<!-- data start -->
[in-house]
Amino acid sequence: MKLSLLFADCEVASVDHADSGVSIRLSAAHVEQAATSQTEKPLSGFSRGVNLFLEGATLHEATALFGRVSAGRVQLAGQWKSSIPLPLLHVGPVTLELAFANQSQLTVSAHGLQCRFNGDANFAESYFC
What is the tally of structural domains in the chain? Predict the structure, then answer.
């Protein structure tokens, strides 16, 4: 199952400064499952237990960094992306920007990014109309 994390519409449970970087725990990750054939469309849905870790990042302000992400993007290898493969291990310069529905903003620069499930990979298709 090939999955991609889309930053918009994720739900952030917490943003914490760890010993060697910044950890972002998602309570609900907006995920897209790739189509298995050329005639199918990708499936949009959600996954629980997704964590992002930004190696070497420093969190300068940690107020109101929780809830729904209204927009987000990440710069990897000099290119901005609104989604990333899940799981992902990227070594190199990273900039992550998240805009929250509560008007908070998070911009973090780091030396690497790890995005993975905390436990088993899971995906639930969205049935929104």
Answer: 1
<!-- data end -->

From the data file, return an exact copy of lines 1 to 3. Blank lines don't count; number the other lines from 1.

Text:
[in-house]
Amino acid sequence: MKLSLLFADCEVASVDHADSGVSIRLSAAHVEQAATSQTEKPLSGFSRGVNLFLEGATLHEATALFGRVSAGRVQLAGQWKSSIPLPLLHVGPVTLELAFANQSQLTVSAHGLQCRFNGDANFAESYFC
What is the tally of structural domains in the chain? Predict the structure, then answer.